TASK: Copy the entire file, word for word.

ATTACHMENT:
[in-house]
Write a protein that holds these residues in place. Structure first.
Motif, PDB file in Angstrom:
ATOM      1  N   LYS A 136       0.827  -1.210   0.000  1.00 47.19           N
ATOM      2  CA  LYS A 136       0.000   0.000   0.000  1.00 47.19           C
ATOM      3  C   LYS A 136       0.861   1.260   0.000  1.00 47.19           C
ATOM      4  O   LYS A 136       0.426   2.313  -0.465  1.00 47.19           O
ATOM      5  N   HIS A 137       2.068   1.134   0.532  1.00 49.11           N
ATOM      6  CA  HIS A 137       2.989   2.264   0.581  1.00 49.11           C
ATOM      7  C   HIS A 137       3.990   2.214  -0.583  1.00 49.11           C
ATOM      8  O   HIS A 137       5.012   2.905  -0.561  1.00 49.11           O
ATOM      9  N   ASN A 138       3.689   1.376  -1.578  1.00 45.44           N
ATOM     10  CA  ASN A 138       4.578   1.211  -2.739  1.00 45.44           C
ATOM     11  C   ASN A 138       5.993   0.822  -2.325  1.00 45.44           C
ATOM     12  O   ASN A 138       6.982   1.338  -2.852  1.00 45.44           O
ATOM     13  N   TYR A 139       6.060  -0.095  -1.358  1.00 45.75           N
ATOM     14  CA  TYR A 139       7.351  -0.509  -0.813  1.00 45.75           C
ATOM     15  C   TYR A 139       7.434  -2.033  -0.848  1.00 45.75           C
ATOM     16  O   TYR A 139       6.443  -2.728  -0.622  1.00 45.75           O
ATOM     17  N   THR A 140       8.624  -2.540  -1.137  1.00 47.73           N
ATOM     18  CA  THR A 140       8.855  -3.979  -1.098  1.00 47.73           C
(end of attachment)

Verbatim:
[in-house]
Write a protein that holds these residues in place. Structure first.
Motif, PDB file in Angstrom:
ATOM      1  N   LYS A 136       0.827  -1.210   0.000  1.00 47.19           N
ATOM      2  CA  LYS A 136       0.000   0.000   0.000  1.00 47.19           C
ATOM      3  C   LYS A 136       0.861   1.260   0.000  1.00 47.19           C
ATOM      4  O   LYS A 136       0.426   2.313  -0.465  1.00 47.19           O
ATOM      5  N   HIS A 137       2.068   1.134   0.532  1.00 49.11           N
ATOM      6  CA  HIS A 137       2.989   2.264   0.581  1.00 49.11           C
ATOM      7  C   HIS A 137       3.990   2.214  -0.583  1.00 49.11           C
ATOM      8  O   HIS A 137       5.012   2.905  -0.561  1.00 49.11           O
ATOM      9  N   ASN A 138       3.689   1.376  -1.578  1.00 45.44           N
ATOM     10  CA  ASN A 138       4.578   1.211  -2.739  1.00 45.44           C
ATOM     11  C   ASN A 138       5.993   0.822  -2.325  1.00 45.44           C
ATOM     12  O   ASN A 138       6.982   1.338  -2.852  1.00 45.44           O
ATOM     13  N   TYR A 139       6.060  -0.095  -1.358  1.00 45.75           N
ATOM     14  CA  TYR A 139       7.351  -0.509  -0.813  1.00 45.75           C
ATOM     15  C   TYR A 139       7.434  -2.033  -0.848  1.00 45.75           C
ATOM     16  O   TYR A 139       6.443  -2.728  -0.622  1.00 45.75           O
ATOM     17  N   THR A 140       8.624  -2.540  -1.137  1.00 47.73           N
ATOM     18  CA  THR A 140       8.855  -3.979  -1.098  1.00 47.73           C